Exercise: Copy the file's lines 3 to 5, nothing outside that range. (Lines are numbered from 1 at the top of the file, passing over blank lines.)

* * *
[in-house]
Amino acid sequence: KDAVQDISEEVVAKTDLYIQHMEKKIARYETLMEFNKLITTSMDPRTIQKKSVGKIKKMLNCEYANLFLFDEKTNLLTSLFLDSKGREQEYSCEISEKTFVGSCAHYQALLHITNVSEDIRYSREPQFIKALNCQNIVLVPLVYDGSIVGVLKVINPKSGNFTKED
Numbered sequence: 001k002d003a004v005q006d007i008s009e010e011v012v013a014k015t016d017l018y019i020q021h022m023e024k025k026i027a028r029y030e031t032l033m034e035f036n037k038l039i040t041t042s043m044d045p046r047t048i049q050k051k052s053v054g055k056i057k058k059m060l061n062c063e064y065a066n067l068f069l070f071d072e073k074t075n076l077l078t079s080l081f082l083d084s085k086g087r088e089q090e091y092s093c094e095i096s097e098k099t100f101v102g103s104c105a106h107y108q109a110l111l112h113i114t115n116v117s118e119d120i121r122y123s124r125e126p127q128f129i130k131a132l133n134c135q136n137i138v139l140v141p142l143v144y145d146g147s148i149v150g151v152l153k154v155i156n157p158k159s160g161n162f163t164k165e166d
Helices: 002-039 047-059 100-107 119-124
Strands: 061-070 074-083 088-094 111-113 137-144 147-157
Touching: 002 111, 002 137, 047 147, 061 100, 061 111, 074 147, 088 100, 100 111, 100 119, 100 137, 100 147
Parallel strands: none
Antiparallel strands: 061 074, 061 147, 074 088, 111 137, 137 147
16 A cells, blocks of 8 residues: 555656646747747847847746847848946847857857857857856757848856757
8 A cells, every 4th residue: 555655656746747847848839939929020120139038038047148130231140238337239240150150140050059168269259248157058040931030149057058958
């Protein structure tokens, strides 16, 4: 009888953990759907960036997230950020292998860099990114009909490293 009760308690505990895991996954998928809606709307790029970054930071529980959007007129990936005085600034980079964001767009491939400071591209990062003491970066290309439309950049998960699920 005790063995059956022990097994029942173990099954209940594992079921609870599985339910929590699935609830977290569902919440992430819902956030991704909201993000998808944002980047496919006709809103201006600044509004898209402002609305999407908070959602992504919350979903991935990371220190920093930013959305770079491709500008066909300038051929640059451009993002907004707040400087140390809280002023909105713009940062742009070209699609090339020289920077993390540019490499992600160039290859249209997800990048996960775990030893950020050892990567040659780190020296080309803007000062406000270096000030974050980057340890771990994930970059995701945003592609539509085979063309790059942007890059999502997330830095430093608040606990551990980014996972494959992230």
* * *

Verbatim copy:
Numbered sequence: 001k002d003a004v005q006d007i008s009e010e011v012v013a014k015t016d017l018y019i020q021h022m023e024k025k026i027a028r029y030e031t032l033m034e035f036n037k038l039i040t041t042s043m044d045p046r047t048i049q050k051k052s053v054g055k056i057k058k059m060l061n062c063e064y065a066n067l068f069l070f071d072e073k074t075n076l077l078t079s080l081f082l083d084s085k086g087r088e089q090e091y092s093c094e095i096s097e098k099t100f101v102g103s104c105a106h107y108q109a110l111l112h113i114t115n116v117s118e119d120i121r122y123s124r125e126p127q128f129i130k131a132l133n134c135q136n137i138v139l140v141p142l143v144y145d146g147s148i149v150g151v152l153k154v155i156n157p158k159s160g161n162f163t164k165e166d
Helices: 002-039 047-059 100-107 119-124
Strands: 061-070 074-083 088-094 111-113 137-144 147-157